JC: You would enjoy it a bit more when you are looking in at it rather than being caught up in it. It was even nicer because you could take it all in. And you would have relived some of the memories from our own time as well. So, we got to be both sides of the fence. It was a relief really though (last year). When we won it, I also remember it was a pure relief. You would never think at any time that you might get to tog out in an All-Ireland final at Croke Park – and win one. We were able to do that and we were awful lucky that way. That we were there ourselves and then to have the lads involved last year was great. It really was something else. Unbelievable.
SG: Times have changed since those All-Ireland victories in the 1980s – no more so than in hurling. Are you blown away with the amount of sports science going into a team’s preparation now?
JC: To a certain point, it has changed completely but, at the same time, when you hit the pitch and the ball is thrown in, it is the same. It is about the ball. You have to go and win your area, win the ball, get your scores and stop scores. It all comes down to those 70 minutes. That is the way it is. So, it hasn’t changed that way.
GMc: I suppose, whatever was going on at the time, you were going to do it. And it was different times when we were playing. You had to go with the flow. That was the way it was. It was a man’s game – and still is too. You still have to stand up for yourself and if you don’t you will be walked over. No matter what you are at now, be it hurling or life, you have to stand up for yourself every day.
SG: From your own experiences in ‘87 and ‘88, how difficult is it to put titles back-to-back?
JC: To keep yourself right for the two years was the thing. Probably, you might think you were going better than you were and you might take the foot off for a small bit but you can’t afford to do that now. I don’t think these lads are doing it now. They have been fairly consistent and they are hard to beat.
I suppose, it is hard to keep it right when you are after winning it; every team is trying to beat you and pick holes in you. So, you have to be able to stand up to that and that is the difference when you are up there. Everyone wants to knock you and it gets harder and harder and harder.
For me, though, there is a great mix in this team and you need that when you are playing. We had a good mix of players and these guys seem to be the same as well. Also, when you are after winning one, you will get it into your head too that you are harder to beat. That is the way these lads are now and we were probably the same.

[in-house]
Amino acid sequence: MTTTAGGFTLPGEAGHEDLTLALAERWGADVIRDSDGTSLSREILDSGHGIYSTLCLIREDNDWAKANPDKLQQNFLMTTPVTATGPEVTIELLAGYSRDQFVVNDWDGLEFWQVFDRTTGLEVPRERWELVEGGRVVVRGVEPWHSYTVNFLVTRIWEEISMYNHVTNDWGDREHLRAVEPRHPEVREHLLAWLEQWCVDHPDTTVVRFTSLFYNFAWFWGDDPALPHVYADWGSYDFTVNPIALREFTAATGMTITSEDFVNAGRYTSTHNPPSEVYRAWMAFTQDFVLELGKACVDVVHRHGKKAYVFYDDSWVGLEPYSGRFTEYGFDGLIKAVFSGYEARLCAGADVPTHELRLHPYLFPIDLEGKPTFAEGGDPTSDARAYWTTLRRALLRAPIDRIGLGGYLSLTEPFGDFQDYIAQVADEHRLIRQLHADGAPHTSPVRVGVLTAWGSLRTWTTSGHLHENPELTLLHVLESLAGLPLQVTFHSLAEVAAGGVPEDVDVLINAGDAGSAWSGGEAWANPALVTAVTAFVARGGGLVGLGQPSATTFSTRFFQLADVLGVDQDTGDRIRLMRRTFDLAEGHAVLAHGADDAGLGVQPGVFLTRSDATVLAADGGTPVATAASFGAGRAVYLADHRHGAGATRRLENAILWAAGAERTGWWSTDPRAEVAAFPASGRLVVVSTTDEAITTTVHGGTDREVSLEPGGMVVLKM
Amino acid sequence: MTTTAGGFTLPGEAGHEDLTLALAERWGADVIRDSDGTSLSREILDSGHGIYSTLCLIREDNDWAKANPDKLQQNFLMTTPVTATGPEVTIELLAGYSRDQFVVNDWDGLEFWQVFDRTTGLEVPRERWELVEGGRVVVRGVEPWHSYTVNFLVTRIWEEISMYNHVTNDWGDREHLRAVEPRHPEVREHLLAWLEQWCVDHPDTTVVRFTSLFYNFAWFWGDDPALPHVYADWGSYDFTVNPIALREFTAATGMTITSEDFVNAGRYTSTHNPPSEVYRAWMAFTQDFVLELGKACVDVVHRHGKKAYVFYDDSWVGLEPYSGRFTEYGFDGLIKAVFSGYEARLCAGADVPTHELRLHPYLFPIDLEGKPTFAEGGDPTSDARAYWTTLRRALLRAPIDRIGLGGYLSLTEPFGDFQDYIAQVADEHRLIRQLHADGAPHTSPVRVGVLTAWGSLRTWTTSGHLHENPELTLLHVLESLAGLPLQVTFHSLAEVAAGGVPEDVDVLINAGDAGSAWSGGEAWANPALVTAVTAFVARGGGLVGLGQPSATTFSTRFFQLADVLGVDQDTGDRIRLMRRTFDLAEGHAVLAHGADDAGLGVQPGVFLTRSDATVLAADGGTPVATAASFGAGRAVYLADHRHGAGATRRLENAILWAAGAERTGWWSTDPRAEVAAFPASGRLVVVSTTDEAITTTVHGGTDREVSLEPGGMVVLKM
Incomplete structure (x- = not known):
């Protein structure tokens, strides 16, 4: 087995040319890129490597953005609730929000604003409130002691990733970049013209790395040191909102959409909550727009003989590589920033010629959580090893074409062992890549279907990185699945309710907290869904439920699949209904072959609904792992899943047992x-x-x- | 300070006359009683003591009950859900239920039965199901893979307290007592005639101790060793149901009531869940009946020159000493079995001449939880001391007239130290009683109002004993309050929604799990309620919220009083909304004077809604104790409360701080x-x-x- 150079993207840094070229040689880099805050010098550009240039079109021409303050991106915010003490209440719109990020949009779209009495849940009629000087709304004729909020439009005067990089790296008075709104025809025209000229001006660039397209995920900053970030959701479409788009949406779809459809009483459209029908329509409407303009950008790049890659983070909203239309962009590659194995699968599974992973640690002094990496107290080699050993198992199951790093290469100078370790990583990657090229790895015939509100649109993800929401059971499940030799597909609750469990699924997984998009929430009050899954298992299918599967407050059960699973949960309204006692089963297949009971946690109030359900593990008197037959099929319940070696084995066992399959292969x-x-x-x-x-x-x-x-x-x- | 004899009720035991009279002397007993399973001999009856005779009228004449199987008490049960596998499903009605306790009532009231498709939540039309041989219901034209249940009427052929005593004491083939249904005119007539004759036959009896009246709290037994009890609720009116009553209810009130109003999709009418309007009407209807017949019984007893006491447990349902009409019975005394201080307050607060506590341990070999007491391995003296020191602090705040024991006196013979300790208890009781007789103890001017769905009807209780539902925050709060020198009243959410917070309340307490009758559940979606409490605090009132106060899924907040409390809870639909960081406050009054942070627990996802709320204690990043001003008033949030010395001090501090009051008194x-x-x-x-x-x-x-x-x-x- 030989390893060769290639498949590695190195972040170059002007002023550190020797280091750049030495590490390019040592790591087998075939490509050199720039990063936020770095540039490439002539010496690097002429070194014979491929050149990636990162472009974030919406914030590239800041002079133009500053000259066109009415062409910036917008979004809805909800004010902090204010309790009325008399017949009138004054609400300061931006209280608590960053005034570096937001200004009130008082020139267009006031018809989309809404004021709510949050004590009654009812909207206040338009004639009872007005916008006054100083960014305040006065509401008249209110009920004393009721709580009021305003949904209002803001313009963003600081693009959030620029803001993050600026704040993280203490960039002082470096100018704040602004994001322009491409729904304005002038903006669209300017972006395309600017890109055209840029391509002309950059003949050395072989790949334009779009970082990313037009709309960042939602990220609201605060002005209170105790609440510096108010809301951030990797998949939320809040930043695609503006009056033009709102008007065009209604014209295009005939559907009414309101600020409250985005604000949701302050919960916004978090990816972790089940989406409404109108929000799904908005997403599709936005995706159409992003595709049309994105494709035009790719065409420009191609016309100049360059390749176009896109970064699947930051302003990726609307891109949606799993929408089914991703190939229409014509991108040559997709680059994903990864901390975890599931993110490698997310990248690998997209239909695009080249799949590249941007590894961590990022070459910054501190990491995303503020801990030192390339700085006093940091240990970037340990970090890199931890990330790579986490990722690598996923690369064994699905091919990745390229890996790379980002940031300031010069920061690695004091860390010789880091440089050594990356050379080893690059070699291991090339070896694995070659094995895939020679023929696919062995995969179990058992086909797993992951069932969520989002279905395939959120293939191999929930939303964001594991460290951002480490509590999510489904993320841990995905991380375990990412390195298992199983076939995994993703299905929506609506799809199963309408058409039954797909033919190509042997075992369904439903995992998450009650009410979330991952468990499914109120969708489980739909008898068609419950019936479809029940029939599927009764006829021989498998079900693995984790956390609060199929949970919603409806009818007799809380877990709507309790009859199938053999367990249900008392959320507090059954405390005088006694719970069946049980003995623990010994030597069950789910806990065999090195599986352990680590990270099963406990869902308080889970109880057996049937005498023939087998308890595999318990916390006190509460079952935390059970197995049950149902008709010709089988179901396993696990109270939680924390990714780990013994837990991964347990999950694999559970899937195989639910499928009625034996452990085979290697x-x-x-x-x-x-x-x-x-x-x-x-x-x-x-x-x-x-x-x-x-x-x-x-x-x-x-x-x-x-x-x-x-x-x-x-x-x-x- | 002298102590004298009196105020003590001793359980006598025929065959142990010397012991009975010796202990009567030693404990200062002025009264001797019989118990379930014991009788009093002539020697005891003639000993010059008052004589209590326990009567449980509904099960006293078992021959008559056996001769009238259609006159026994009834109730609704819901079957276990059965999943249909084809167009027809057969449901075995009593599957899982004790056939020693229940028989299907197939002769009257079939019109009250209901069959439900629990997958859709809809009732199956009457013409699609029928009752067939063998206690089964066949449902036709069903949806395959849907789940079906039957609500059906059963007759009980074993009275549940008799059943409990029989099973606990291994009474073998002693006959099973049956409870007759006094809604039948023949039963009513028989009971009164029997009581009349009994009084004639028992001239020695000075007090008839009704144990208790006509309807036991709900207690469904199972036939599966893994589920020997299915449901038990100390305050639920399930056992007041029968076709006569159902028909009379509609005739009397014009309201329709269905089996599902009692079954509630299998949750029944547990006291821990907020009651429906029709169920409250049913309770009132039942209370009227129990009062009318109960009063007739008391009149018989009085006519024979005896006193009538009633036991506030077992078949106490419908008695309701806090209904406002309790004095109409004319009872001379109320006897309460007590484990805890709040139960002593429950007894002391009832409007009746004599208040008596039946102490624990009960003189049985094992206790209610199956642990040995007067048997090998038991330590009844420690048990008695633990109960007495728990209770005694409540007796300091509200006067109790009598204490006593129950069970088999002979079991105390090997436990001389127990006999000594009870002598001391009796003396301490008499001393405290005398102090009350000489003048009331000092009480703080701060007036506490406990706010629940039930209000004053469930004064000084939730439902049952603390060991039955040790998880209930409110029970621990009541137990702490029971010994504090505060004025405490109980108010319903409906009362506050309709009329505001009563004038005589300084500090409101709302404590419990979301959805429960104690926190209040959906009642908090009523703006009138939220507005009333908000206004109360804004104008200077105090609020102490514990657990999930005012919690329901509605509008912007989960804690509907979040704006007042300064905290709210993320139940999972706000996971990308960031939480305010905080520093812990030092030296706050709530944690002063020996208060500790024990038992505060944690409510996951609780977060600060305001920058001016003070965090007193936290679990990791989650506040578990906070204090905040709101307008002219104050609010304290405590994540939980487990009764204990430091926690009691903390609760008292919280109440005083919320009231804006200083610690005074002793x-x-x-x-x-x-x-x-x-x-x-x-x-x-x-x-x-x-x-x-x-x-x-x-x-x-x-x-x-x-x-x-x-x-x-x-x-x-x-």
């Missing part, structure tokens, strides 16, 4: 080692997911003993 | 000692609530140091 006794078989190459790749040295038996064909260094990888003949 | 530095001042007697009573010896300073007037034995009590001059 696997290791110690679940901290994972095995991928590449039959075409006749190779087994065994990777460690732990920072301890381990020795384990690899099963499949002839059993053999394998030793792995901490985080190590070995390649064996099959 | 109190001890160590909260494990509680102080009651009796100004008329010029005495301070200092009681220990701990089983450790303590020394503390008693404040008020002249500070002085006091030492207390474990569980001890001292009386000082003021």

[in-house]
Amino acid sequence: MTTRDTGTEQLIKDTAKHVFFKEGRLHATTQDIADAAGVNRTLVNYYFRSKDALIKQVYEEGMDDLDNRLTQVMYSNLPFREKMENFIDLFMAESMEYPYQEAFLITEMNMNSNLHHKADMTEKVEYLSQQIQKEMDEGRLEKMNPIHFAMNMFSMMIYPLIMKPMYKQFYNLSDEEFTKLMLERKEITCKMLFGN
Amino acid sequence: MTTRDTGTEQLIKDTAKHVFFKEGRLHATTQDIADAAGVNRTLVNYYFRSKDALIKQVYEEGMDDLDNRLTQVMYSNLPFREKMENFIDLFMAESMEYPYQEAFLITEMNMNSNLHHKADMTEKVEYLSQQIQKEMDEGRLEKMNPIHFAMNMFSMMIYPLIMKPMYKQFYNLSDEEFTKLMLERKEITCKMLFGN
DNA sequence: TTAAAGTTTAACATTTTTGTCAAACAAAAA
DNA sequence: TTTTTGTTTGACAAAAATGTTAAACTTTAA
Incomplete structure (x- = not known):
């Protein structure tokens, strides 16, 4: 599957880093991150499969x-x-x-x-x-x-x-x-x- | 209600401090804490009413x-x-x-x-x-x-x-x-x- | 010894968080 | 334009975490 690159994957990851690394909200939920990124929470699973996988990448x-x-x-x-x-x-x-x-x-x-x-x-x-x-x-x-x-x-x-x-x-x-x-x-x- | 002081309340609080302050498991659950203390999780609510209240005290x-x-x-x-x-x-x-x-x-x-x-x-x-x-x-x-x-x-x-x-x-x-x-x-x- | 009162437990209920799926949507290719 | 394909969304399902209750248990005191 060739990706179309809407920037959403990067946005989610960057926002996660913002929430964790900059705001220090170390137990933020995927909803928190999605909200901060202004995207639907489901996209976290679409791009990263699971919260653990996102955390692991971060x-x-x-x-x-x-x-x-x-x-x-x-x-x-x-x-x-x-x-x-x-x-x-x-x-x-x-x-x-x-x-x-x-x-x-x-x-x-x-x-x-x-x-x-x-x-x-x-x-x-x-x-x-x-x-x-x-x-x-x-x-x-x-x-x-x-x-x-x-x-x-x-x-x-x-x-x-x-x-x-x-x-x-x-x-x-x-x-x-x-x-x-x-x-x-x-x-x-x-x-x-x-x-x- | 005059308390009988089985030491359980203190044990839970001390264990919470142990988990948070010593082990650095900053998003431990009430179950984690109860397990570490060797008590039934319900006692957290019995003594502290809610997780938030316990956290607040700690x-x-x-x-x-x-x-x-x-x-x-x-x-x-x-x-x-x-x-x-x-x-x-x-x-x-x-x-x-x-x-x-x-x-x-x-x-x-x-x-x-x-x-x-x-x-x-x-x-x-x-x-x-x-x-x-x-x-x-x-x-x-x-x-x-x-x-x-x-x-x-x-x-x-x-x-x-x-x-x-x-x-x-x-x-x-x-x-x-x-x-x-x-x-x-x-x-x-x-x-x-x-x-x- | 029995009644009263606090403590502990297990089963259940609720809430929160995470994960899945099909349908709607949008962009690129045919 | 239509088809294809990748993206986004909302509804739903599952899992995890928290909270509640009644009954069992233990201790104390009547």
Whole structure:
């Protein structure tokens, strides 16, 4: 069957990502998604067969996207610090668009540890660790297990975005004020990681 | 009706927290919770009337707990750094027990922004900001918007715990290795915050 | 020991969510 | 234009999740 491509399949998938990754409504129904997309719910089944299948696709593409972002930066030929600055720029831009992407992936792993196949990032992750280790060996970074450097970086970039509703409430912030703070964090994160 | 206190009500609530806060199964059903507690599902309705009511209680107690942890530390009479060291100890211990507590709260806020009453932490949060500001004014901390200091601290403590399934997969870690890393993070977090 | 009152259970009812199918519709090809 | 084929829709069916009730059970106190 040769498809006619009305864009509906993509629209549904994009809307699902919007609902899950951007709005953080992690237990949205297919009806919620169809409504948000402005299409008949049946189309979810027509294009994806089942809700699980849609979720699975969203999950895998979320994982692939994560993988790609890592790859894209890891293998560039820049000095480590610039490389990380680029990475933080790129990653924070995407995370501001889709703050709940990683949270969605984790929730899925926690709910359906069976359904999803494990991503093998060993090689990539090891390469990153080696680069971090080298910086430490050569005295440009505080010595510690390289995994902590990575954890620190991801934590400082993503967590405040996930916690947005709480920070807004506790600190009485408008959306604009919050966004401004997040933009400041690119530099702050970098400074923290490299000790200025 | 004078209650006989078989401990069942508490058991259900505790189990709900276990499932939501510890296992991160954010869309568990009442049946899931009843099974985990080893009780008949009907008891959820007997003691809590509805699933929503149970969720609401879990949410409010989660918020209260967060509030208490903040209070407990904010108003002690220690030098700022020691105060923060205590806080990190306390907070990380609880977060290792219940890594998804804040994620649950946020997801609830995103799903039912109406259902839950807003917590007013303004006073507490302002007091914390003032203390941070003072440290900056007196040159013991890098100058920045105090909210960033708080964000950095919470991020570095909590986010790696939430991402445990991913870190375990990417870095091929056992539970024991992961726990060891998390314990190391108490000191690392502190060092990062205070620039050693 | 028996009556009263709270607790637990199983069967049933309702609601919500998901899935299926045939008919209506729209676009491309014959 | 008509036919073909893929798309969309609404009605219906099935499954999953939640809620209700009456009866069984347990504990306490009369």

SG: Do you ever feel disappointed that the three-in-a-row didn’t materialise, particularly given much of it was down to circumstances – such as the referee – outside your control?
GMc: We probably took our eye off the ball as well. We could have beaten them (Tipperary, 1989 All-Ireland semi-final) – referee and all.
JC: There was not a whole pile in that game . . .
GMc: No Joe, there was not. 1989, the refereeing was putrid but you could say the refereeing in 1990 was no better. He gave frees for nothing. But we took our eyes off the ball in 1990.
SG: You had an unbelievable first half against Cork in the 1990 All-Ireland final Joe, so for you it must have been even more disappointing?
JC: That was just how the game went. We didn’t get as many opportunities in the second half. But they were definitely two matches and two years that we left it behind us.
GMc: But this team is far more focused. They have it upstairs. They have that mental strength. There is no messing and it is tunnel vision. If we were minded like that we would have gone on and won as many titles as Kilkenny. I mean, you have to pull in the reins an odd time but, in fairness to these lads, it is very professional and very well run.
SG: Why you think you might have lost focus? Was it a West of Ireland thing?
GMc: We were always confident going up. Weren’t we Joe, in fairness? It wasn’t upstairs.
JC: No, but you have to take your chances when you are there. It doesn’t come around that often. You will get a few years and that is it. You have to do it. The last one we won was in ’88 and we were still young enough but we didn’t win one again until last year. We thought, surely to God, we would get another one before we finished. So, when you are there, you have to make the best of it.
Galway teams named for All-Ireland hurling double header
There is one change on the Galway Senior team that meets Waterford in Sunday All Ireland Final. Ardrahan’s Johnny Glynn starts his first game since the 2015 All Ireland Final with Niall Burke being named on the bench. Glynn came on against Tipperary in the All Ireland Semi Final.
Elsewhere, the Team is along expected lines with Daithi Burke and Gearoid McInerney manning the central defensive positions, while Johnny Coen and David Burke continue their midfield partnership.
Joe Canning and Conor Cooney will operate at centre and full forward respectively, with Cathal Mannion, Joseph Cooney and Conor Whelan all joining Johnny Glynn in attack.
1 Colm Callanan
2 Adrian Tuohy
3 Daithi Burke
4 John Hanbury
5 Padraig Mannion
6 Gearoid McInerney
7 Aidan Harte
8 Johnny Coen
9 David Burke Captain
10 Joseph Cooney
11 Joe Canning
12 Johnny Glynn
13 Conor Whelan
14 Conor Cooney
15 Cathal Mannion
Meanwhile, the Galway Minor hurling team to play Cork in Sunday’s All-Ireland Minor Hurling Final has been announced.
There is one change from the side that beat Kilkenny in the semi-final with Cappataggle’s Donal Mannion coming in to the team in place of Conor Molly.
Throw-in in Croke Park for the Minor final is 1.15pm.
The team in full is:
- Darach Fahy (Ardrahan)
- Darren Morrissey (Sarsfields )
- Daniel Loftus (Turloughmore)
- Caimin Killeen (Loughrea)
- Ronan Glennon (Mullagh)
- Conor Caulfield (Kilconieron)
- Mark Gill (Castlegar)
- John Fleming (Meelick Eyrecourt )
- Conor Fahey (Padraig Pearses)
- Sean Bleahene (Ahascragh-Fohenagh)
- Conor Walsh (Turloughmore)
- Ben Moran (Tynagh-Abbey Duniry)
- Donal Mannion (Cappataggle)
- Jack Canning (Portumna)
- Martin McManus (Loughrea)